On Chesil Beach
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In 1962, Florence and Edward celebrate their wedding in a hotel on the Dorset coast. Yet as they dine, the expectation of their marital duties weighs over them. And unbeknownst to both, the decisions they make this night will resonate throughout their lives. With exquisite prose, Ian McEwan creates in On Chesil Beach a story of lives transformed by a gesture not made or a word not spoken.
deeper, than straightforward physical disgust; her whole being was in revolt against a prospect of entanglement and flesh; her composure and essential happiness were about to be violated. She simply did not want to be “entered” or “penetrated.” Sex with Edward could not be the summation of her joy, but was the price she must pay for it. She knew she should have spoken up long ago, as soon as he proposed, long before the visit to the sincere and soft-voiced vicar, and dinners with their
among them, and then pulling Edward toward the house to deliver an opinion on something they had made. But much else was changing for him around this time. He was at Henley grammar school and was beginning to hear from various teachers that he might be “university material.” His friend Simon at Northend, and all the other village boys he ran around with, went to the secondary modern, and would soon be leaving to learn a trade or work on a farm before being called up for National Service. Edward
Ponting, in his nervous, energetic fashion, was affable toward him. If Edward was at the house when he came in from work, around seven o’clock, he would mix them both gin and tonics from his drinks cupboard—tonic and gin in equal measure, and many ice cubes. To Edward, ice in drinks was a novelty. They would sit in the garden and talk politics—mostly, Edward listened to his future father-in-law’s views on the decline of British business, demarcation disputes in the trade unions and the folly of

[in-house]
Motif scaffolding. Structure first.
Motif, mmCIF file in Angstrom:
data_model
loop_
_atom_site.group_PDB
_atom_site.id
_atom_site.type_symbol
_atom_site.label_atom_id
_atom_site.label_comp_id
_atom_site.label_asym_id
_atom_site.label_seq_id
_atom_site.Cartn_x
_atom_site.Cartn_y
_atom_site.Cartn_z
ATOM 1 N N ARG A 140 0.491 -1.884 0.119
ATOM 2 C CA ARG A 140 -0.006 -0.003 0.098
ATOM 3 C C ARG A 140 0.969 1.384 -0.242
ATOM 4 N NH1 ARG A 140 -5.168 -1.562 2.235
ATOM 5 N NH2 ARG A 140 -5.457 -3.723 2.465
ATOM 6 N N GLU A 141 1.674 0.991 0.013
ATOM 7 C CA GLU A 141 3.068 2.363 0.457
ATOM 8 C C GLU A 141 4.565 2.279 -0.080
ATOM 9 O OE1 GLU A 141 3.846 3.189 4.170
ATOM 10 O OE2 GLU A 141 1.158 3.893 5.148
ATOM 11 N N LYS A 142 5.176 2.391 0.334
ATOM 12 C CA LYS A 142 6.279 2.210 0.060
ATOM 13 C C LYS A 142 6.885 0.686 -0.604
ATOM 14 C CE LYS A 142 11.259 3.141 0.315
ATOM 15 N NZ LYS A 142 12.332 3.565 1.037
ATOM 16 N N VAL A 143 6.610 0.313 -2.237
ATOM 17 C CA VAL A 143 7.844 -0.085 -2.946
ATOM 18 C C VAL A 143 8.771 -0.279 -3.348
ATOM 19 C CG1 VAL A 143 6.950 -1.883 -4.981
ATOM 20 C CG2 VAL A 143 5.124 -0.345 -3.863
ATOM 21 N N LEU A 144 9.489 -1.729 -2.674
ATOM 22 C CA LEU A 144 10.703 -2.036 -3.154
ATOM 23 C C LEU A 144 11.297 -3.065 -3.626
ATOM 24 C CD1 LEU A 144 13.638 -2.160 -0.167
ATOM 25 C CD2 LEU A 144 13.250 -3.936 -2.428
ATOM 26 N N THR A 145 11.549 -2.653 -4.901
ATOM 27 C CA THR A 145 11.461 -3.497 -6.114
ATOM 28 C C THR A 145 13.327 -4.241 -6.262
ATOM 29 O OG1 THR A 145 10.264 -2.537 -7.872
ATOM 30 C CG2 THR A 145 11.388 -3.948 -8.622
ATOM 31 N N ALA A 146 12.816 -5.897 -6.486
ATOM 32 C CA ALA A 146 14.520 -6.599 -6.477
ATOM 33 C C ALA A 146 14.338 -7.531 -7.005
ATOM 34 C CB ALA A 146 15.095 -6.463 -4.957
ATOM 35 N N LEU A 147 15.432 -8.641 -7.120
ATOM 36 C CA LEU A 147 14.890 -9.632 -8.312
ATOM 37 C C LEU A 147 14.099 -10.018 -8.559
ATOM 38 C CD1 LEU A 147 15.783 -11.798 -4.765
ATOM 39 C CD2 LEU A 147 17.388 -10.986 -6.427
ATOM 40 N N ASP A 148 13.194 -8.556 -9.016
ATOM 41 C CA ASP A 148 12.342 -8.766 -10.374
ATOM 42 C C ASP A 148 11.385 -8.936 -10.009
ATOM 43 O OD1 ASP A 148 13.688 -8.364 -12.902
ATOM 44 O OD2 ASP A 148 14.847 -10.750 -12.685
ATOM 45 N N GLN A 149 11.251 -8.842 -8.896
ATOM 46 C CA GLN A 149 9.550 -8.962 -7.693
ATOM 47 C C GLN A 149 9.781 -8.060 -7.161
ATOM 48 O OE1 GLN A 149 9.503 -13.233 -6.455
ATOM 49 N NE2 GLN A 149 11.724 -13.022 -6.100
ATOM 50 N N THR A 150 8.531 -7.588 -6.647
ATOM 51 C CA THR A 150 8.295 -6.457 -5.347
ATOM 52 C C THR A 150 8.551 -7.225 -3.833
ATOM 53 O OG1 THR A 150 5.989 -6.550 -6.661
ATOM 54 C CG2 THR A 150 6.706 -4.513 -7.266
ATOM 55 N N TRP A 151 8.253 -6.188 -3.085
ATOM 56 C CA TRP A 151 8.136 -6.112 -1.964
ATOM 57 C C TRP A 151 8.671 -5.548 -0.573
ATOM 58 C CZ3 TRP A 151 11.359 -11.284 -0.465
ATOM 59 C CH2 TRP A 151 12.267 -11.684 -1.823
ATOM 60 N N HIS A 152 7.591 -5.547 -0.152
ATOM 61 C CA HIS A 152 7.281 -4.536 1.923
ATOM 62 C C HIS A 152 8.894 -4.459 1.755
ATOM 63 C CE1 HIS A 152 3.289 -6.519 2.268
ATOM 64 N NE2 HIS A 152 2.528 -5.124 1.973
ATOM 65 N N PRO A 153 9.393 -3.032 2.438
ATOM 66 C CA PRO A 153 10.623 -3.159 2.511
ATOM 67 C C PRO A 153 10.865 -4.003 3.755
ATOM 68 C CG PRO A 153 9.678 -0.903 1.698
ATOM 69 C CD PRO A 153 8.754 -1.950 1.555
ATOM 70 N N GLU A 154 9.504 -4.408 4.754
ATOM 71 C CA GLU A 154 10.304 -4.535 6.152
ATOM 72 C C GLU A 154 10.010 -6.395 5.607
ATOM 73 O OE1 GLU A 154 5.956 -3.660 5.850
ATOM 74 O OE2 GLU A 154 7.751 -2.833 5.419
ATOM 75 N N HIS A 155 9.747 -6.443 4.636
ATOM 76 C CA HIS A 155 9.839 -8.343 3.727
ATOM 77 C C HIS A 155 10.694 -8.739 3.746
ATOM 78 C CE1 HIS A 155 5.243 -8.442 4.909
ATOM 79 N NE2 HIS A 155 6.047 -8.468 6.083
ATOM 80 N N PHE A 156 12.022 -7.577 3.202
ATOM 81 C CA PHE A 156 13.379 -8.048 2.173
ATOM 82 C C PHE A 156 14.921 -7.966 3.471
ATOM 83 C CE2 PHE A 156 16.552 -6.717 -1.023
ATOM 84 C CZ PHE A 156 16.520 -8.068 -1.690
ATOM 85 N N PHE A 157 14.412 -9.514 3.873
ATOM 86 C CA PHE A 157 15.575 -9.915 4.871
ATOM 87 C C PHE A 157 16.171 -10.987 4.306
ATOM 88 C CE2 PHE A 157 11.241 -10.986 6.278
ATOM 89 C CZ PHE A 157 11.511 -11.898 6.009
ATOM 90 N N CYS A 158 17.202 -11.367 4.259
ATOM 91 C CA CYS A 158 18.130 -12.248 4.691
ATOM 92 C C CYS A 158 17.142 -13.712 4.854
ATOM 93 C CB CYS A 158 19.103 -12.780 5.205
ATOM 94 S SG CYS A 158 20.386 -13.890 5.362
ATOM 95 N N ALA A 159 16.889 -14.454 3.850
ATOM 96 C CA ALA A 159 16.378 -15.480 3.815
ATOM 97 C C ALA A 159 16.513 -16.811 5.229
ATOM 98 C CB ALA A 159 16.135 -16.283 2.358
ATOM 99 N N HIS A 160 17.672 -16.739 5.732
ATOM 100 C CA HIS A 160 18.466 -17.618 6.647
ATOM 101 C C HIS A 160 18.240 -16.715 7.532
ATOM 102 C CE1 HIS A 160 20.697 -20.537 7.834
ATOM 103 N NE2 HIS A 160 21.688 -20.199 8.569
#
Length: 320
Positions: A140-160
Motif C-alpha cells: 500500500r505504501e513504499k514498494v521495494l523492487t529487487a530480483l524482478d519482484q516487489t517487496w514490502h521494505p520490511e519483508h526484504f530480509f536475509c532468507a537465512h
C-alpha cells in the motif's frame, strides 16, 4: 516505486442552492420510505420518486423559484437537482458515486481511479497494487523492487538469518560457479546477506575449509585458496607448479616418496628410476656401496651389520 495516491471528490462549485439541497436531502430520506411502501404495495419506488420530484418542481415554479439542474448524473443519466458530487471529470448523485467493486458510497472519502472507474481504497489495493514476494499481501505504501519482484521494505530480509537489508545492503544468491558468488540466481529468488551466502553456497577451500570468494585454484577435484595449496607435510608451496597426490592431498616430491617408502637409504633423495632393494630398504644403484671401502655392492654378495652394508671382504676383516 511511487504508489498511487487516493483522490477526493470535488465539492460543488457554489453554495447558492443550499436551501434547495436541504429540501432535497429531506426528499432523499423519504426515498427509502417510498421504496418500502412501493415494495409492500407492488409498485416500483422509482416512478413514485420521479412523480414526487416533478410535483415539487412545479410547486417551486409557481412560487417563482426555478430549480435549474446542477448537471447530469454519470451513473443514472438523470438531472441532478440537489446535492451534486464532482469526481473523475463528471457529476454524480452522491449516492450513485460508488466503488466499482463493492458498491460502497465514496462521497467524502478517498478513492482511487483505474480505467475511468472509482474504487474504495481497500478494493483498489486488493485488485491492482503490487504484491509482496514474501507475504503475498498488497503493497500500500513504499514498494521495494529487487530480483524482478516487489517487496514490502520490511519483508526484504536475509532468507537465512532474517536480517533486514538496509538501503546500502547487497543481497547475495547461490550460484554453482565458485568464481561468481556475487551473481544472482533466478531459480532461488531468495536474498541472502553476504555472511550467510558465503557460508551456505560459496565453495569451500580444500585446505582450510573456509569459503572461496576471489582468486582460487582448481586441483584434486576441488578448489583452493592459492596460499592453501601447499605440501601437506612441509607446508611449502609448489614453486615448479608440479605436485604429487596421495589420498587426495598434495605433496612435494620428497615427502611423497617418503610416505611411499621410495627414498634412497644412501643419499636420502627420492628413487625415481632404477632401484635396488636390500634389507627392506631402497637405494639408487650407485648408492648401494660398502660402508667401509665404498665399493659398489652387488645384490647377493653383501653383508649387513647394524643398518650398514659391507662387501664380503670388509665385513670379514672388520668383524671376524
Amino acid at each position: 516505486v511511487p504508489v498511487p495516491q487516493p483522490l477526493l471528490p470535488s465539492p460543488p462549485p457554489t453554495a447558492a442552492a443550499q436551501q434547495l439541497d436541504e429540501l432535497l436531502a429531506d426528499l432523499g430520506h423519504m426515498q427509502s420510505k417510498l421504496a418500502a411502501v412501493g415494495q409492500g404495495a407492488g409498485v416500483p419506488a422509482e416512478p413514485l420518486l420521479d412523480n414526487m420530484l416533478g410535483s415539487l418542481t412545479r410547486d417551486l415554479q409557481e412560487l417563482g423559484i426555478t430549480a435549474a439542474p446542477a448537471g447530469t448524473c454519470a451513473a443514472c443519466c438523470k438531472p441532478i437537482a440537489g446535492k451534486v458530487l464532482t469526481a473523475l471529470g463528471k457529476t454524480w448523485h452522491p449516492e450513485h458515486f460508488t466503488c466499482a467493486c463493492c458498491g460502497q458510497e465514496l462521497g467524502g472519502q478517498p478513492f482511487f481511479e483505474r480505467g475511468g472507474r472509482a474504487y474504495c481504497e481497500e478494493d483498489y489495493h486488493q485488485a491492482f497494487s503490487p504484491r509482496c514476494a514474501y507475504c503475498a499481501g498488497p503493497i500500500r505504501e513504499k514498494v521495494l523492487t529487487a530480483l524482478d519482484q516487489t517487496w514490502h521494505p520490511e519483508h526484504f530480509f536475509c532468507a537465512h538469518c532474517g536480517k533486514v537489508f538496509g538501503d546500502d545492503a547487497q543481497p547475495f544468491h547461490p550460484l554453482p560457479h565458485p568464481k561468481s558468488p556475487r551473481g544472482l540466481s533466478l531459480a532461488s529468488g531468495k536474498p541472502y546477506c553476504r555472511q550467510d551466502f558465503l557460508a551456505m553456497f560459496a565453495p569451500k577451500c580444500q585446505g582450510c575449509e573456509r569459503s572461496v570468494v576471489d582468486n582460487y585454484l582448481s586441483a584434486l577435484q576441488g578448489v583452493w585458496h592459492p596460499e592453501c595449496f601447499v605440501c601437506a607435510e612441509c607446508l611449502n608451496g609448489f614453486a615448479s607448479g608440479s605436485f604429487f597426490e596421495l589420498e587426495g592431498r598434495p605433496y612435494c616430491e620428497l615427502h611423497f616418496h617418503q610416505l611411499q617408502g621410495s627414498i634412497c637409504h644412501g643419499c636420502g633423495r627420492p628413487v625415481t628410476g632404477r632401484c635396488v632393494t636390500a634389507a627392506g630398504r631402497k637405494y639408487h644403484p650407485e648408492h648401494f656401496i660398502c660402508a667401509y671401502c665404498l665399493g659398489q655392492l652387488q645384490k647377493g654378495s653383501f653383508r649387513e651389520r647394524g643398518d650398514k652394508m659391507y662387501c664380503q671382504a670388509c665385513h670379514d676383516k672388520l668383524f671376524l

have asked for any beach in the world. All he wanted, all he could think of, was himself and Florence lying naked together on or in the bed next door, confronting at last that awesome experience that seemed as remote from daily life as a vision of religious ecstasy, or even death itself. The prospect—was it actually going to happen? to him?—once more sent cool fingers through his lower gut, and he caught himself in a momentary swooning motion which he concealed behind a contented sigh. Like most
tensed and strong, pushing past her teeth, like some bully shouldering his way into a room. Entering her. Her own tongue folded and recoiled in automatic distaste, making even more space for Edward. He knew well enough she did not like this kind of kissing, and he had never before been so assertive. With his lips clamped firmly onto hers, he probed the fleshy floor of her mouth, then moved around inside the teeth of her lower jaw to the empty place where three years ago a wisdom tooth had